Virginia: First Female Execution Since 1912

Teresa Lewis didn't pull the trigger. She confessed, pleaded guilty and cooperated with authorities. She has an IQ of 70, right on the border of mental retardation. She has no prior criminal record, and no prior history of violence. The triggermen in the murder got life without parole. Yet she's scheduled to die by lethal injection. She is the first female sentenced to death in Virginia since 1912.

John Grisham weighs in. A writer in the Sydney Morning Herald says Iran does not have a monopoly on barbarism and reminds the U.S. that humanity begins at home.

The execution is set for September 23. Save Teresa Lewis. More here.

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    There is something (5.00 / 3) (#1)
    by JamesTX on Sun Sep 12, 2010 at 02:54:46 PM EST
    fundamentally flawed about a system where the triggerman gets less than an conspirator who obviously has very limited conspiratorial capacity.

    There is something fundamentally (5.00 / 2) (#3)
    by jondee on Sun Sep 12, 2010 at 04:23:09 PM EST
    flawed in the national psyche in this country. And it's probably connected, on some barely conscious level, to some blood-for-blood, blood-expiation, emotional complex..which results in making homicides, executions -- and even reflexive, belligerent military responses, for far too many, in too many situations, the all-too-natural "first response".

    Exacerbating this is the pronounced tendency of our leaders, who are expected to set the the tone of the national discussion, to market themselves to the populace by appealing to the more reflexive, primitive instincts, the way beer companies use wet tee shirts to sell their product. Revenge and stuffing society's mistakes and monsters down the memory hole (where we don't have to think about them too much) are good for business for the "tough on crime" crowd.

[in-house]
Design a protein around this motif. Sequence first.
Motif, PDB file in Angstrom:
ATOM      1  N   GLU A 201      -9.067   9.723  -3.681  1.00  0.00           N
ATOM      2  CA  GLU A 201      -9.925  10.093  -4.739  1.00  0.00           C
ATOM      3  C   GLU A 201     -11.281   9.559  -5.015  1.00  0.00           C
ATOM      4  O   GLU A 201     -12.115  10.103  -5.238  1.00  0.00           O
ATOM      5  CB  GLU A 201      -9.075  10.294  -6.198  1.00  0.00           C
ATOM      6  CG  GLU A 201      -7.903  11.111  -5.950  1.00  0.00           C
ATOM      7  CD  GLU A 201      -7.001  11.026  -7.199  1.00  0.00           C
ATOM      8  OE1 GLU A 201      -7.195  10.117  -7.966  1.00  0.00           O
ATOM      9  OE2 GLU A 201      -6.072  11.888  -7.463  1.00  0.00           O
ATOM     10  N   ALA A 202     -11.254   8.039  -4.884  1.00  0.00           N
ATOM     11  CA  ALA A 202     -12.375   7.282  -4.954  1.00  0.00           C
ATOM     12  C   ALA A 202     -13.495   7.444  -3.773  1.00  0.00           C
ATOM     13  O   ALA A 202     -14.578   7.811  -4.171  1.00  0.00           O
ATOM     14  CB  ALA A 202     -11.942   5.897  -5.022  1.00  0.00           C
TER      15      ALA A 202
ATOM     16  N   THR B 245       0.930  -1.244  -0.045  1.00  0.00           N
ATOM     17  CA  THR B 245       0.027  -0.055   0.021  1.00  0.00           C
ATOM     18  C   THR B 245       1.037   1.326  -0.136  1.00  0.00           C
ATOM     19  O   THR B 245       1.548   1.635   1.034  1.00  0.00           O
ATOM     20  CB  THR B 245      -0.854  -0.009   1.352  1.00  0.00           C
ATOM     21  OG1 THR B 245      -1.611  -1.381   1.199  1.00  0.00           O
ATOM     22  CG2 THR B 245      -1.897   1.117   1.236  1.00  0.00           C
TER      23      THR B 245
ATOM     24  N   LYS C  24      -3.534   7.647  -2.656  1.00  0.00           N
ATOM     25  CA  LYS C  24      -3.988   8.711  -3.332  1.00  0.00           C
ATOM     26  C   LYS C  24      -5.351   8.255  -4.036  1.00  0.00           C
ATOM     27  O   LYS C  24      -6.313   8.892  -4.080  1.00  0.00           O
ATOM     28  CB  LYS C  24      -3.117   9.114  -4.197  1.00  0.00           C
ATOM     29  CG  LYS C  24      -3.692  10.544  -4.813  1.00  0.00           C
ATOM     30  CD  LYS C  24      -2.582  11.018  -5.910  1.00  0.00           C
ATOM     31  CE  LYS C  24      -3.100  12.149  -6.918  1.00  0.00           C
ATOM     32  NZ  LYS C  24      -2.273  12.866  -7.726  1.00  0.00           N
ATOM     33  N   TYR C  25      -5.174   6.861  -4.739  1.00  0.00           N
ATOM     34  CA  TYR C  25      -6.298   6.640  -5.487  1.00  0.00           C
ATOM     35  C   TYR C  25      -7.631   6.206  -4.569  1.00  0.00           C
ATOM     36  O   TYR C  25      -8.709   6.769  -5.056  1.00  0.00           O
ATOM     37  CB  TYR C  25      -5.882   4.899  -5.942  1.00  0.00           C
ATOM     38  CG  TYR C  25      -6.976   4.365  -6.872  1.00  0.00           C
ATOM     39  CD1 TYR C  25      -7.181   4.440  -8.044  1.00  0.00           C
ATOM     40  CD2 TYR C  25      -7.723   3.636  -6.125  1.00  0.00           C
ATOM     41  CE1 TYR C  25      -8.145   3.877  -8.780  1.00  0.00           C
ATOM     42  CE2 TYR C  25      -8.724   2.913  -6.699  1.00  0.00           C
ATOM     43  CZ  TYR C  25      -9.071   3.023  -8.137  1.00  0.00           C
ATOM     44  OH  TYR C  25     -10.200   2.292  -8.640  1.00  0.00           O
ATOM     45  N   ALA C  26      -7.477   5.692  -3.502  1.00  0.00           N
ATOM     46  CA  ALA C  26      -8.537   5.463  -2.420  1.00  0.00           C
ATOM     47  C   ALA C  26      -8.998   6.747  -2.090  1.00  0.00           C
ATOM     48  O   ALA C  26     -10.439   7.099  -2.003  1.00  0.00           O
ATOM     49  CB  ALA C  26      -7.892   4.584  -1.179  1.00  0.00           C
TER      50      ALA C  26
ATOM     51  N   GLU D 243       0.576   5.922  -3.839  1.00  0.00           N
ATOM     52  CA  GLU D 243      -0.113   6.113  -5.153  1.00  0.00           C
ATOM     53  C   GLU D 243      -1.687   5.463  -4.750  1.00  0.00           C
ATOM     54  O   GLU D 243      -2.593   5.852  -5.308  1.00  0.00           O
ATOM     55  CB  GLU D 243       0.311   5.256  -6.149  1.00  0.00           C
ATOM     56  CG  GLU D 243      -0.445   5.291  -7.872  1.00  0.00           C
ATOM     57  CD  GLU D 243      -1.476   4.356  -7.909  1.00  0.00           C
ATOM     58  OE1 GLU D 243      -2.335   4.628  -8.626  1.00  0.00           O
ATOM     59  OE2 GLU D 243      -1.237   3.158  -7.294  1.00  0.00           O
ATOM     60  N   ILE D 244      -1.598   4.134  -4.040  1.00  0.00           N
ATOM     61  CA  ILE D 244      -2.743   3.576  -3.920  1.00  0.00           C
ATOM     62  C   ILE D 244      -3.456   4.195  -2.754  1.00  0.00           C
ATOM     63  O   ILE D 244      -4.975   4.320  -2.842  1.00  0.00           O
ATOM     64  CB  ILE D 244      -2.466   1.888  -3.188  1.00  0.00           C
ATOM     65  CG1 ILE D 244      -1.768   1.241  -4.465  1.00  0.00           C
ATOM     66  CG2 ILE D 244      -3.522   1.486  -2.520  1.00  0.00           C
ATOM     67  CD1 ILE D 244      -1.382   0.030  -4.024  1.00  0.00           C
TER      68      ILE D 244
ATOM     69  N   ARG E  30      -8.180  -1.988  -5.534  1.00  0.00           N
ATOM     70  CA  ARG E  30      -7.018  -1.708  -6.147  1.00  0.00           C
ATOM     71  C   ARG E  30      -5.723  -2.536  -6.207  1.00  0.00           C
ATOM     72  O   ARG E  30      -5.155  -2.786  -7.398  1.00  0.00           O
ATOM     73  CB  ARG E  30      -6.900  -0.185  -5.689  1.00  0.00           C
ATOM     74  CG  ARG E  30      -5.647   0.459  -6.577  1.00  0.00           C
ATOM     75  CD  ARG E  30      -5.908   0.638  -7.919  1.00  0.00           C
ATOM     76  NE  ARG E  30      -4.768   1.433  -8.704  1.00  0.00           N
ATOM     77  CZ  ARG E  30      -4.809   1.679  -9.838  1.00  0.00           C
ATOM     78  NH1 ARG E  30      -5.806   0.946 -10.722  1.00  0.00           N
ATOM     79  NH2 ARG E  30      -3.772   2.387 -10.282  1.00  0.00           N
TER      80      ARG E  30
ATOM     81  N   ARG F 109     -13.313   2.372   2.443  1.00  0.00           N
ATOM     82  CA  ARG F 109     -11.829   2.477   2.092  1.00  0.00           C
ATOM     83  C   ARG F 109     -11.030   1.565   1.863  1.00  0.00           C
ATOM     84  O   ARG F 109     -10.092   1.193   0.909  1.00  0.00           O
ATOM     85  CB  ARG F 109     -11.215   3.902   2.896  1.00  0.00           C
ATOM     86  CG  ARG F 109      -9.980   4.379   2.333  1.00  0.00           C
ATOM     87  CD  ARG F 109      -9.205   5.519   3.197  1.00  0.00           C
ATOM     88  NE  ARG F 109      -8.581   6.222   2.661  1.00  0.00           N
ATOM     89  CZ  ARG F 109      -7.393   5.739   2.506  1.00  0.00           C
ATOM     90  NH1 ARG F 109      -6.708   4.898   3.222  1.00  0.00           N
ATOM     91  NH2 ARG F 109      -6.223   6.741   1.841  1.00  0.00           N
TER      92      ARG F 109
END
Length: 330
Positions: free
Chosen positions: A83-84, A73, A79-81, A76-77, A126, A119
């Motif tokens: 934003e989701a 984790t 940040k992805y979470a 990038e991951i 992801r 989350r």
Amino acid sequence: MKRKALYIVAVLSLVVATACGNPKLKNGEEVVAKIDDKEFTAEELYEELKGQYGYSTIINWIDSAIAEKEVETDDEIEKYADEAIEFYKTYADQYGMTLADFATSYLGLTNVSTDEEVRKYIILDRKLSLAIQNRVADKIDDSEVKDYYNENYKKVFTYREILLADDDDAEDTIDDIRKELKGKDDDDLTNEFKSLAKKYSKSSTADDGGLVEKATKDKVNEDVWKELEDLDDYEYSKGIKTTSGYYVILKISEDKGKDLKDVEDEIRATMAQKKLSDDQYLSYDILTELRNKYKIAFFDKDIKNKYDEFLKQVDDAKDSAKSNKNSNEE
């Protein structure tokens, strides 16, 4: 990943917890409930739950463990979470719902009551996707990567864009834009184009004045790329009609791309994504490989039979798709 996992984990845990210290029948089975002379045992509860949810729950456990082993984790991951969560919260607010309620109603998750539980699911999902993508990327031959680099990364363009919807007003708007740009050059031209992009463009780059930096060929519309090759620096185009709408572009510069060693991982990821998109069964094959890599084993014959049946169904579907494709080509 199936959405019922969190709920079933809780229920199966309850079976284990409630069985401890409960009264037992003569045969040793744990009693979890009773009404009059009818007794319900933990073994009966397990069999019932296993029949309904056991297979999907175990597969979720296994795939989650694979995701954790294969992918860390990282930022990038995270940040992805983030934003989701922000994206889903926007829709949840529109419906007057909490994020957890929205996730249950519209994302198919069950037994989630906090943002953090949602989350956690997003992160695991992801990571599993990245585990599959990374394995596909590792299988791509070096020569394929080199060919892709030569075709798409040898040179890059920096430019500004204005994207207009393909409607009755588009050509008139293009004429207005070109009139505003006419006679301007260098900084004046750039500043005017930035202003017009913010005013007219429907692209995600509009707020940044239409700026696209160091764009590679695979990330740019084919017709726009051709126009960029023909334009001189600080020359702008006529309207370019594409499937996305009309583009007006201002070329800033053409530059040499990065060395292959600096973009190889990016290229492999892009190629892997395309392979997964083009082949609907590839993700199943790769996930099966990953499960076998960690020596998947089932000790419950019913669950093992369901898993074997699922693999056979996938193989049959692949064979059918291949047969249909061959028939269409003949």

I read all of these (5.00 / 4) (#2)
    by sj on Sun Sep 12, 2010 at 04:02:01 PM EST
    though I rarely comment on them.  It all just makes me so sad.

    From The Devils' Disciple (none / 0) (#4)
    by Harry Saxon on Sun Sep 12, 2010 at 04:40:00 PM EST

    THE CHAPLAIN (gently reproving Richard). Try to control yourself, and submit to the divine will. (He lifts his book to proceed with the service.)

    RICHARD. Answer for your own will, sir, and those of your accomplices here (indicating Burgoyne and Swindon): I see little divinity about them or you. You talk to me of Christianity when you are in the act of hanging your enemies. Was there ever such blasphemous nonsense! (To Swindon, more rudely) You've got up the solemnity of the occasion, as you call it, to impress the people with your own dignity--Handel's music and a clergyman to make murder look like piety! Do you suppose I am going to help you? You've asked me to choose the rope because you don't know your own trade well enough to shoot me properly. Well, hang away and have done with it.

    SWINDON (to the chaplain). Can you do nothing with him, Mr. Brudenell?

    CHAPLAIN. I will try, sir. (Beginning to read) Man that is born of woman hath--

    RICHARD (fixing his eyes on him). "Thou shalt not kill."

    The book drops in Brudenell's hands.

    Click Me

    Grisham's Law (none / 0) (#5)
    by diogenes on Sun Sep 12, 2010 at 10:17:18 PM EST
    Bad logic drives out good.  How is executing someone for conspiracy to murder equal to executing someone for adultery?  And another logical explanation is that the triggerman also deserved the death penalty.  
    Just come out and say that you oppose the death penalty for anyone (including a repeat serial pedophile torturer-killer or someone who murders someone while in Supermax) because you find the death penalty to be morally wrong.  Convince the majority of the country of this and laws will be passed eliminating the death penalty.  Convince the majority in 38 states and you can have a constitutional amendment.